Let me count the reasons why I’m doing this.
1 No one wears coats.
2 I get to sit down.
3 I’m usually eating.
4 People know not to talk to me or telephone during this time, even the children.
5 I’ve done it for years; nineteen, to be precise.
6 I once bumped into them at Bahrain Airport.
7 I can criticise.
8 I can make predictions (even write the script).
9 I can watch people grow old, die or go to Brisbane.
10 I can watch people change and improve dramatically in the most improbable ways.
11 I can watch it whilst simultaneously trying to figure out why it is so improbable by recalling past storylines.
12 It has no beginning, middle or ending but it does have rhythm.
13 It slows me down, prevents me from doing too much.
So, as I lay on the bed watching a video of the omnibus edition of Neighbours, recorded by my husband for me today, having missed an entire week’s episodes, I ask myself why. I ask myself why I feel compelled to subject myself to one hour and forty-five minutes (minus the adverts through which we fast-forward) so late at night and wonder how much I will enjoy this hedonistic activity. I ask myself the same question as those who have regarded my addiction with such mirth over the years, incredulous that I am prepared to admit publicly to my little foible.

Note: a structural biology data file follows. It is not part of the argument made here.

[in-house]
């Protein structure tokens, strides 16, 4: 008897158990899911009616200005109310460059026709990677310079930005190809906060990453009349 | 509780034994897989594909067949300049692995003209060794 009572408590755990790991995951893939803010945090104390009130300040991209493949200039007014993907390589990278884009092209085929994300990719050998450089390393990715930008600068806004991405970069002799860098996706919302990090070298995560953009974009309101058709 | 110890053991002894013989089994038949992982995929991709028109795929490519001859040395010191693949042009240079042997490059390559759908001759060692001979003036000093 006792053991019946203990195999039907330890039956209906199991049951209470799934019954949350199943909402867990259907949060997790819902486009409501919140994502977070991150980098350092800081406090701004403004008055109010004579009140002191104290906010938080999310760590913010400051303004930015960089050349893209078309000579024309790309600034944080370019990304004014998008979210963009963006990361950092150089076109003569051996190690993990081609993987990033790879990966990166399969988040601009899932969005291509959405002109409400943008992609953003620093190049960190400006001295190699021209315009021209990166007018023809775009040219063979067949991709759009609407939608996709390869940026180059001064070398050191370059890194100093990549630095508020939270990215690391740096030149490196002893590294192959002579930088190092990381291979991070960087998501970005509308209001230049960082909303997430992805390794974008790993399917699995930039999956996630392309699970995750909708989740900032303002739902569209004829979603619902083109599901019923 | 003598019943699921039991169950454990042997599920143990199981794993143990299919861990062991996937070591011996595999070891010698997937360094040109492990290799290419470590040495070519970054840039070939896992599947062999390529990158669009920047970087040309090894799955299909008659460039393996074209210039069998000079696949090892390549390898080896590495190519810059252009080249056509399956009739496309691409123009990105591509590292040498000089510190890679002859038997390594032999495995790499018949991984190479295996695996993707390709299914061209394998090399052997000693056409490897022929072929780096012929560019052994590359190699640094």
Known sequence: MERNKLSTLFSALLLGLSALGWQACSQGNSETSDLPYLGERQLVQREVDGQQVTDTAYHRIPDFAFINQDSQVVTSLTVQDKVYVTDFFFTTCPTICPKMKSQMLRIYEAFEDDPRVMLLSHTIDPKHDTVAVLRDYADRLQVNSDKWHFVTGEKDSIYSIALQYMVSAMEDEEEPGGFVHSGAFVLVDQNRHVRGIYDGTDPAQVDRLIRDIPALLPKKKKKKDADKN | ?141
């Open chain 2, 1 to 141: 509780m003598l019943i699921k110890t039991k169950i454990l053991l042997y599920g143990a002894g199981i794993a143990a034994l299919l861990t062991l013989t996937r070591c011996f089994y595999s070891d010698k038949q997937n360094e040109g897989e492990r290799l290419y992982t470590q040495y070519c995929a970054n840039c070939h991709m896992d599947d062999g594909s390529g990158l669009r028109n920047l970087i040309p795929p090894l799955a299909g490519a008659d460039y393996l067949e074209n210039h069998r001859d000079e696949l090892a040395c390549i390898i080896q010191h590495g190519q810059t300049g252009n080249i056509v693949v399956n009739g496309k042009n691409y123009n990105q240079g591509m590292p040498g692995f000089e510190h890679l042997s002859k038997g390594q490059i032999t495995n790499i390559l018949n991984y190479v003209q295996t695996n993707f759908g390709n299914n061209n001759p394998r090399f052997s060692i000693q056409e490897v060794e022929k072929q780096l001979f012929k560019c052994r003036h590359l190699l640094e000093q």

As we plough through the episodes, the answers coming to me are those above. Interestingly, it is a chore, not a pleasure and I feel rather silly. Therefore, I conclude that the real reason I watch Neighbours is because I don’t have to think for twenty minutes or so. Even someone as daft as I can’t not think for one hour and forty-five minutes.